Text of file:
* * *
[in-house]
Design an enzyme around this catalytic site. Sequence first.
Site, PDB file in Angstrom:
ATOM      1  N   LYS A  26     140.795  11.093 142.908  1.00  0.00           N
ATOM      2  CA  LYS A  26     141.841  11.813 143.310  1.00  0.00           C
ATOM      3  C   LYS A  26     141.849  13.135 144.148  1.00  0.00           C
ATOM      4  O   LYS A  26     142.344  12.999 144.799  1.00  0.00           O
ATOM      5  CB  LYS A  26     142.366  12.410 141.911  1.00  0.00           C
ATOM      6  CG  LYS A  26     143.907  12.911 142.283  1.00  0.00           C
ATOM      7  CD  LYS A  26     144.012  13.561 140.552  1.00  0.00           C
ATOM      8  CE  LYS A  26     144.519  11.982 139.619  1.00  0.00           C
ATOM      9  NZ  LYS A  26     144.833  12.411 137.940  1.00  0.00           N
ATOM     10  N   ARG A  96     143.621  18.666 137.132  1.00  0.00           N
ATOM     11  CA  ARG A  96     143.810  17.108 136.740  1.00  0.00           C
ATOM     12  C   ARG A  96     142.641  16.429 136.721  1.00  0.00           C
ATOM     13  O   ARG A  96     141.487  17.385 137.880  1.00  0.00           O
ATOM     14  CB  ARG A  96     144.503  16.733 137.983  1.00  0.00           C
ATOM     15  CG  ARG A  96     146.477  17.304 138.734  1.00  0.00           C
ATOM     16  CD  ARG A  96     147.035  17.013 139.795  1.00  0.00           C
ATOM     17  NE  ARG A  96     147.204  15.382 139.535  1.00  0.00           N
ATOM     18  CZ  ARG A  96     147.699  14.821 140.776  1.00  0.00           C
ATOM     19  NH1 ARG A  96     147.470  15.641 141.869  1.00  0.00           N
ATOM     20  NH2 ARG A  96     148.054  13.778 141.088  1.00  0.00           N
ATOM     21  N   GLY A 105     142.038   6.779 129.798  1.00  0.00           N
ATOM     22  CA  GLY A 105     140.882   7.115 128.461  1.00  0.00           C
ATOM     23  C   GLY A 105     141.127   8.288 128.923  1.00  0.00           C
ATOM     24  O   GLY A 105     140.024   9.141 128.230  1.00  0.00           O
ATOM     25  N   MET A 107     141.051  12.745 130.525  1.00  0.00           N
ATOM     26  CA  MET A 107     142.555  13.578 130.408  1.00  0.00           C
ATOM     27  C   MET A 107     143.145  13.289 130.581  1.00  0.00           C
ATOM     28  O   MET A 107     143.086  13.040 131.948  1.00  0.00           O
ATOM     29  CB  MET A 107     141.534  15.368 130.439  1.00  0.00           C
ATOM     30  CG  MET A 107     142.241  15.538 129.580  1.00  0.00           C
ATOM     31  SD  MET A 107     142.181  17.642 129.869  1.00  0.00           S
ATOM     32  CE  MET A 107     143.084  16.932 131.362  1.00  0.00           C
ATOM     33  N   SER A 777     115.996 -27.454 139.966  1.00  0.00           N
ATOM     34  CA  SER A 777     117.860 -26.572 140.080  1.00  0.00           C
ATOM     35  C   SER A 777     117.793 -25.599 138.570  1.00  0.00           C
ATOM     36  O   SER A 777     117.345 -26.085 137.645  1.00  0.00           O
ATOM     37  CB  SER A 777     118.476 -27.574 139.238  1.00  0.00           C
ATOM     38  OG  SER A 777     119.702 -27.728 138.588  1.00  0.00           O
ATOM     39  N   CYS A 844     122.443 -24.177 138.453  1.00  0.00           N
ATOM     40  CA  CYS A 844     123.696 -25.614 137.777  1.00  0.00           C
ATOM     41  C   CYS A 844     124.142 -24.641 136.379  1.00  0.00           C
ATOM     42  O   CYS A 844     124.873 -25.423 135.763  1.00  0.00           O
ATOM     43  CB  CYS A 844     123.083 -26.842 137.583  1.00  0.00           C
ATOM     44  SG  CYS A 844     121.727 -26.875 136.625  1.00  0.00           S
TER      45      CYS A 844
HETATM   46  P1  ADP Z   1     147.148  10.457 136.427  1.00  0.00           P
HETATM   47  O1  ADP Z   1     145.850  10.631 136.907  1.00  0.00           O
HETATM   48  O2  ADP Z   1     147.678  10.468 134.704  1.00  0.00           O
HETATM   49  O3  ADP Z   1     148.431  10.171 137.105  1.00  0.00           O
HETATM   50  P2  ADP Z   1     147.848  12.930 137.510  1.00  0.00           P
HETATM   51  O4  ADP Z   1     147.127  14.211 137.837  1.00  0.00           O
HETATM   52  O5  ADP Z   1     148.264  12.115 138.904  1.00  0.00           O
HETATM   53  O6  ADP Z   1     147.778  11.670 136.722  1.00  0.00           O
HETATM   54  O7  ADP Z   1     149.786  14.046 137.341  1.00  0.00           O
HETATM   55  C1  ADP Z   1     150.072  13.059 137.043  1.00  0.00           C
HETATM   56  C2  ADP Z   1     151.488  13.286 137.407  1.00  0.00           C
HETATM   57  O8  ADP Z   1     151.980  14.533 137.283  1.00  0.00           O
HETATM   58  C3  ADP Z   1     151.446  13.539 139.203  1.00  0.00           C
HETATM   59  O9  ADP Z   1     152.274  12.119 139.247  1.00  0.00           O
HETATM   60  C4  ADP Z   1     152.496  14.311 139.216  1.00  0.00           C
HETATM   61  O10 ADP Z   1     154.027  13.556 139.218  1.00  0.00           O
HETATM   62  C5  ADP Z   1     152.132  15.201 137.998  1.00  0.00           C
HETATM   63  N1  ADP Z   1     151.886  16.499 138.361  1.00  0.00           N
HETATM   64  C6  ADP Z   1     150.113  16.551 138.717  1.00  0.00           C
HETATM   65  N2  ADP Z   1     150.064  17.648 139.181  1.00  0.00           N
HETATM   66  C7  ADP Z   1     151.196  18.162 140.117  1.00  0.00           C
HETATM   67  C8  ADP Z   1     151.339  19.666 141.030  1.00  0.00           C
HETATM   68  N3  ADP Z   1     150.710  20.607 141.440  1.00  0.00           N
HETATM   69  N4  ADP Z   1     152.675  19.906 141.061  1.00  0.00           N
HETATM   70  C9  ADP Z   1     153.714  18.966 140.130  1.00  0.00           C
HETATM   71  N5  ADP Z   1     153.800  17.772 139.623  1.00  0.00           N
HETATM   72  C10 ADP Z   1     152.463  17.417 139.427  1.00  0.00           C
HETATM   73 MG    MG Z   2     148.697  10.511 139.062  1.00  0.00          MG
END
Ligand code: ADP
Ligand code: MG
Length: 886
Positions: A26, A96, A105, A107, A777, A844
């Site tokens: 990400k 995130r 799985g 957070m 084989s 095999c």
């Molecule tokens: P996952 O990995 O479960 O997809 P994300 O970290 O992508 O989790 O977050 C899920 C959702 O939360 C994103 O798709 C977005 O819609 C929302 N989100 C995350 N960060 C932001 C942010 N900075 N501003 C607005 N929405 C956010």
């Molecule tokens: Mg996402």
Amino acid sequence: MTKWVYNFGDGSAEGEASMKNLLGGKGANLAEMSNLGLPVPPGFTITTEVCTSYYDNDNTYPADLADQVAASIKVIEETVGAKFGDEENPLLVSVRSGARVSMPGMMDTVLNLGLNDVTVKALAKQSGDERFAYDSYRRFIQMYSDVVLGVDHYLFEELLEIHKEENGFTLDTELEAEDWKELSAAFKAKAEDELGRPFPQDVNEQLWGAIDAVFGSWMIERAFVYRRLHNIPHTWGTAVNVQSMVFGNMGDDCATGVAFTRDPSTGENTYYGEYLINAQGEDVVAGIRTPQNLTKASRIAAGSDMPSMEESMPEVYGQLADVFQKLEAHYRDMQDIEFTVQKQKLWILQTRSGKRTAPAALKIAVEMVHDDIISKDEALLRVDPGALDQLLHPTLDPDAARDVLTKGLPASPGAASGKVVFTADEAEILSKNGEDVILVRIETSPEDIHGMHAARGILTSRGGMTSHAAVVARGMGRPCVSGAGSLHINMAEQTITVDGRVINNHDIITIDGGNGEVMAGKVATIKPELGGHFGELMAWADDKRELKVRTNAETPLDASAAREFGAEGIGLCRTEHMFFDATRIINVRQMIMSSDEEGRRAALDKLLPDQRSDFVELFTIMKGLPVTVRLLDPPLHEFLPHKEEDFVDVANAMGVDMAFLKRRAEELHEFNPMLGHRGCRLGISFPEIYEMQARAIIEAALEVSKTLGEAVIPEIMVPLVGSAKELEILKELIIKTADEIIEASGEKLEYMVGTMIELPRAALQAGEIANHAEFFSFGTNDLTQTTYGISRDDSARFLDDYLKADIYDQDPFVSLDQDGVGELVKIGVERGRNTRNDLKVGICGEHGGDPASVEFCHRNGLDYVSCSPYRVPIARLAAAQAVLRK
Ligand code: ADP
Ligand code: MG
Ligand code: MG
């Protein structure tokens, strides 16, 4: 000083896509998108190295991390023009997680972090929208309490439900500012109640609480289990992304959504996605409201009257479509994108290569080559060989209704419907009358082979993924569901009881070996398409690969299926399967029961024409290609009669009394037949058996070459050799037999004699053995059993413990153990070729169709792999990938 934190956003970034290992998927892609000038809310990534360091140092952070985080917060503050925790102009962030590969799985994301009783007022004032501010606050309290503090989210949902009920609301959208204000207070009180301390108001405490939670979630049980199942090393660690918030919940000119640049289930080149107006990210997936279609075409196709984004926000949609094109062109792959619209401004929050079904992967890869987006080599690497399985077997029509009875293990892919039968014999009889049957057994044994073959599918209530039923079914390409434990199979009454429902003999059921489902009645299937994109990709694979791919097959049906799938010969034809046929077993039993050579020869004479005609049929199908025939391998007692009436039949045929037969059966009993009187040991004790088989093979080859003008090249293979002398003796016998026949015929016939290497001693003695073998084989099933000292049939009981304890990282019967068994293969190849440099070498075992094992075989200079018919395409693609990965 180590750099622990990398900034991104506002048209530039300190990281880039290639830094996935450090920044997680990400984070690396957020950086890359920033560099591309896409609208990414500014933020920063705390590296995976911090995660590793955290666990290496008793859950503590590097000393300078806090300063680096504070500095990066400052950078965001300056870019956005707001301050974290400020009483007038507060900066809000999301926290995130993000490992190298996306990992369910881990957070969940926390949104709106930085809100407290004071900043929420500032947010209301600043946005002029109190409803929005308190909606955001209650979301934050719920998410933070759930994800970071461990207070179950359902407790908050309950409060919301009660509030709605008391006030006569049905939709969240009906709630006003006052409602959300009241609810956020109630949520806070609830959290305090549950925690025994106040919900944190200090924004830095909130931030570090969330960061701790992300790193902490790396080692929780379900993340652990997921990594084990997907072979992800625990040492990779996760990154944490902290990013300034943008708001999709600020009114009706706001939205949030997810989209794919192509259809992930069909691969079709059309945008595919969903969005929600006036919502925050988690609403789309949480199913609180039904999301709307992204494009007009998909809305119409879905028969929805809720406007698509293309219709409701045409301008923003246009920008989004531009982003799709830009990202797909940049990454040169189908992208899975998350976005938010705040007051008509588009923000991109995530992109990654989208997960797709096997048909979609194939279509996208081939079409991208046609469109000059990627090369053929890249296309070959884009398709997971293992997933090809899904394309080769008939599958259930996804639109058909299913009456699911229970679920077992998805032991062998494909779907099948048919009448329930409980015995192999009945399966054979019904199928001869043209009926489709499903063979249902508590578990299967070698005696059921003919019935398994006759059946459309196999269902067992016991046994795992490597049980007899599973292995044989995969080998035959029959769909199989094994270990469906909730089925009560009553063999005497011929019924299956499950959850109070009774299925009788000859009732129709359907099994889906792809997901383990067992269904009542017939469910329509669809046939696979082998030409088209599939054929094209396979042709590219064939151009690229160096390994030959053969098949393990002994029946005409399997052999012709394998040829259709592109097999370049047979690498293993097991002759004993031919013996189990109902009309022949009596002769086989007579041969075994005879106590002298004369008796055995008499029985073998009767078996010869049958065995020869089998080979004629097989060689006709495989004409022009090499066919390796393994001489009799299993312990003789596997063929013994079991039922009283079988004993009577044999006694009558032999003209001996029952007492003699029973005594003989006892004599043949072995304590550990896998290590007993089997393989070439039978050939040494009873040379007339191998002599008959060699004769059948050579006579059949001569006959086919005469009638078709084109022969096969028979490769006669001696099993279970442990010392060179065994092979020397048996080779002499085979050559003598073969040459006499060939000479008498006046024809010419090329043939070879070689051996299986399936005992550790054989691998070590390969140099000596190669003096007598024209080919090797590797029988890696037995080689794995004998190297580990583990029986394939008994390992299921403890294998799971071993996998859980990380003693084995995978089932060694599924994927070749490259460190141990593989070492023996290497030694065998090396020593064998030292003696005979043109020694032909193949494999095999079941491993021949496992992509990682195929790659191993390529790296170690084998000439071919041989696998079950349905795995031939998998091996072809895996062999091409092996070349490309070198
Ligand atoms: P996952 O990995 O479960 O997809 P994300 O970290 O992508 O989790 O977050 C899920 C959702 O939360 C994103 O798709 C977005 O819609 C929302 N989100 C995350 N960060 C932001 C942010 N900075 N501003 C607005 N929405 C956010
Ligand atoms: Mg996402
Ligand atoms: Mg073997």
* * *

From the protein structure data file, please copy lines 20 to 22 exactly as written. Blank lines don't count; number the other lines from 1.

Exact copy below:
ATOM     17  NE  ARG A  96     147.204  15.382 139.535  1.00  0.00           N
ATOM     18  CZ  ARG A  96     147.699  14.821 140.776  1.00  0.00           C
ATOM     19  NH1 ARG A  96     147.470  15.641 141.869  1.00  0.00           N